AI is a revolution in analytical models with high horsepower compute capability, graphic processing units and big data. Put the three together and we no longer have to write millions of lines of code for a system to identify all of the risky things in the environment, such as a car moving along.

Instead, you build an analytical model, take 100,000 hours of video and feed it into the analytical model until it learns what to see and how to see it.

It is all math that is going on; it is not a mystical or magical occurrence. We can now replace a lot of coding with a lot of data because it is far easier to do than before.

All these machines do is what we teach them to do. We either write code or feed them with data into a model that crunches the data and characterises it.

Your teacher was absolutely right – only now, all of these machines are trained with deep neural networks.

How are businesses going to make practical use of AI?

You probably think, ‘My smartphone is dumb’ – we get bored with its capabilities. We know what it does well and we know what it doesn’t do well.

People actually don’t consider what their smartphones do as AI. In fact, there is a lot of AI going on; for example, speech to text, text to speech, Siri and more.

Just look at Alexa in Amazon Echo. That’s an amazing example of an AI technology that is using speech to text in a local chip in a machine. It takes the audio, recognises the word, pumps the audio up to an Amazon server (where it does some serious speech to text work) and then does what you tell it to do. ‘Alexa, Capital One, what’s my credit card balance?’ It sets off a chain reaction of instructions. There’s a tremendous amount of AI going on.

There is a company in France called In-side that diagnoses and provides prognoses on ear problems. It collected 12,000 pictures of the external ear canal and, using an iPhone with a special snorkel, it identifies problems such as tinnitus.

It works with a company called Clarif.ai, which has created deep neural networks that process the impacts to help discriminate between the different disease states.

They now provide a very valuable service in sub-Saharan Africa. This is a simple example of how AI can be harnessed.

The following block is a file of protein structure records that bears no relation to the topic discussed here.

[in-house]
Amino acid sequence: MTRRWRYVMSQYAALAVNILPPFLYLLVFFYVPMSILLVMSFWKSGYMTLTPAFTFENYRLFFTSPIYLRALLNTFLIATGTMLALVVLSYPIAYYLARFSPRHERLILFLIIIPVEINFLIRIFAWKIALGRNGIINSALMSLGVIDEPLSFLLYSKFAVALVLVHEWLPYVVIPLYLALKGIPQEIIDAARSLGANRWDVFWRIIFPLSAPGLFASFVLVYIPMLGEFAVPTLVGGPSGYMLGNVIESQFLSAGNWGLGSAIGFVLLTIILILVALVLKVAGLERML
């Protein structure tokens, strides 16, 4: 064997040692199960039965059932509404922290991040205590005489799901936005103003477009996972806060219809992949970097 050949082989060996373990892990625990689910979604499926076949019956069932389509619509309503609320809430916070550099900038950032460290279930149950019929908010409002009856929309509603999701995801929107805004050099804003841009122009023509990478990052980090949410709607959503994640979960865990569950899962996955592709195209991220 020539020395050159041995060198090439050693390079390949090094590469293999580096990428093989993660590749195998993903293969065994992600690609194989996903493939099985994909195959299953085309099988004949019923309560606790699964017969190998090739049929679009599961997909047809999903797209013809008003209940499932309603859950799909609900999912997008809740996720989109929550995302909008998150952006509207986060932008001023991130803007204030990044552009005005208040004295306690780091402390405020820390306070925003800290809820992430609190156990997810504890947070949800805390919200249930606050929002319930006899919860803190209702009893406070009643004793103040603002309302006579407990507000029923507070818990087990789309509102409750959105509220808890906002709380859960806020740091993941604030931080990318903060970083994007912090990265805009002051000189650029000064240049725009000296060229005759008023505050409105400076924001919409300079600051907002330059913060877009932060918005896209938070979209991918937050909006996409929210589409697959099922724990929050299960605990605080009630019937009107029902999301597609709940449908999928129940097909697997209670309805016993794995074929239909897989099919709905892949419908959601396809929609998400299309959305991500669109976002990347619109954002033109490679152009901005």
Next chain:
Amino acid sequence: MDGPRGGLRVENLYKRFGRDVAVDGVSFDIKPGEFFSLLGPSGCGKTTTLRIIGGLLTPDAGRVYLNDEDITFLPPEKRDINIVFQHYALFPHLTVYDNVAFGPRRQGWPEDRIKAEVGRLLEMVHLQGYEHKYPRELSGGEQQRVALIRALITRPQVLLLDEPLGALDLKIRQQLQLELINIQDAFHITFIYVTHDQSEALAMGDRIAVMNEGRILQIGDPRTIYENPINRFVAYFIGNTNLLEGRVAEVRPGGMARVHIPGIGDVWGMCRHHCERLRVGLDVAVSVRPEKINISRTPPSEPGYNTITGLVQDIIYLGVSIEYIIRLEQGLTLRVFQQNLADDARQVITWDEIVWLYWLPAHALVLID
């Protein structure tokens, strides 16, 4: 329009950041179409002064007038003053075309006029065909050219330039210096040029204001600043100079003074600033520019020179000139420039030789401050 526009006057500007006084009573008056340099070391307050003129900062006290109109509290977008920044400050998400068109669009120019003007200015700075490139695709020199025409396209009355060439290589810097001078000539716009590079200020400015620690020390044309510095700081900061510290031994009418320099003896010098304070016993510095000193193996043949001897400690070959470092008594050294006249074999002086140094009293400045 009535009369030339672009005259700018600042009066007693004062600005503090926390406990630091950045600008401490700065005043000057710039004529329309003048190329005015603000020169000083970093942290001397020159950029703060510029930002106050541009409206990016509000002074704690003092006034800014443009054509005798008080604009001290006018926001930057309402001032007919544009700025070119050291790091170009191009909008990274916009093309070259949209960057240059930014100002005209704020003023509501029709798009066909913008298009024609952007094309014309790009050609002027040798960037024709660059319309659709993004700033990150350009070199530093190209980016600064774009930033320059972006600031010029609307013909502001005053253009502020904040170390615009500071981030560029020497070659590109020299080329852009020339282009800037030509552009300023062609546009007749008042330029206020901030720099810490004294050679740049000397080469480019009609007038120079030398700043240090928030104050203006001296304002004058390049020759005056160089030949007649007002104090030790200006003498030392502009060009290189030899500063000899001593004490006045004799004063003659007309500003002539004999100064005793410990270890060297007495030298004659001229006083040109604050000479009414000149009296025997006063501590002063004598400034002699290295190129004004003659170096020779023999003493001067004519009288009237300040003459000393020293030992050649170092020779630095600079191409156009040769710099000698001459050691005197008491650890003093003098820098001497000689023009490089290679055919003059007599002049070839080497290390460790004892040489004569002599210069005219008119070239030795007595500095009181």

AI has always been in the popular imagination. But this time round, would you say it is finally tangible?

Yes. AI has gone from enthusiasm to fear and failure, and there have been several AI winters.

I concluded – based on what I was seeing around 2011 in Gartner and academic research – that they had finally figured out a formula that would be responsible for sustainable improvements in AI capabilities.

In 2012, I convinced management to allow me to spend half my time being an internal evangelist and external cynic around AI, and build a practice around it.

But this follows 65 years of failure in AI.

There was a big bang moment in 1958, and The New York Times wrote about the ‘perceptron’, a machine that would accurately perceive the environment around it. But that went bust.

In 1987, we had an AI winter around neural networks that tried to pick up where the perceptron left off, but that also failed and funding was withdrawn.

But a few persistent people stuck with it and around 2011, Google said, ‘We know how to solve this problem’. It harnessed data centres with 16,000 CPUs to feed 2m pictures of cats into a neural network. The computer responded to pictures of cats, not dogs, firing up the cells each time it recognised a cat picture.

This taught us that all we needed was more compute cycles.

All of a sudden, people wanted to train machines to learn anything from perception.

Combine the neural network with a rules engine, and machines can make decisions for you. It’s not perfect, but I am satisfied that this time round, AI is going to stick.

What advice would you give an enterprise that wanted to employ AI in its business?

There are five things I would say.

First, the technology is turbulent and keeps changing. The self-driving model for cars in 2012 is not applicable in 2017. By 2022, it will be a new paradigm or set of technologies. Do not get married to one vendor just yet.

Second, all of the big application system providers such as Oracle, SAP, Microsoft and Salesforce are building big AI systems that will come out this year. Watch out: this will be a 100-car train with every boxcar full of objects moving at 150kph down the track. It could get messy.

Third, you need real experts on your staff. Hire some master’s graduates who have done theses on natural language processing and deep learning, and send them on a mission to experiment with AI, the different platforms, and identify their strengths and weakness.

Fourth, it is too early to decide which platform to standardise. Instead, play the field.

Fifth, get married in about five years.

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Editor John Kennedy is an award-winning technology journalist.

editorial@siliconrepublic.com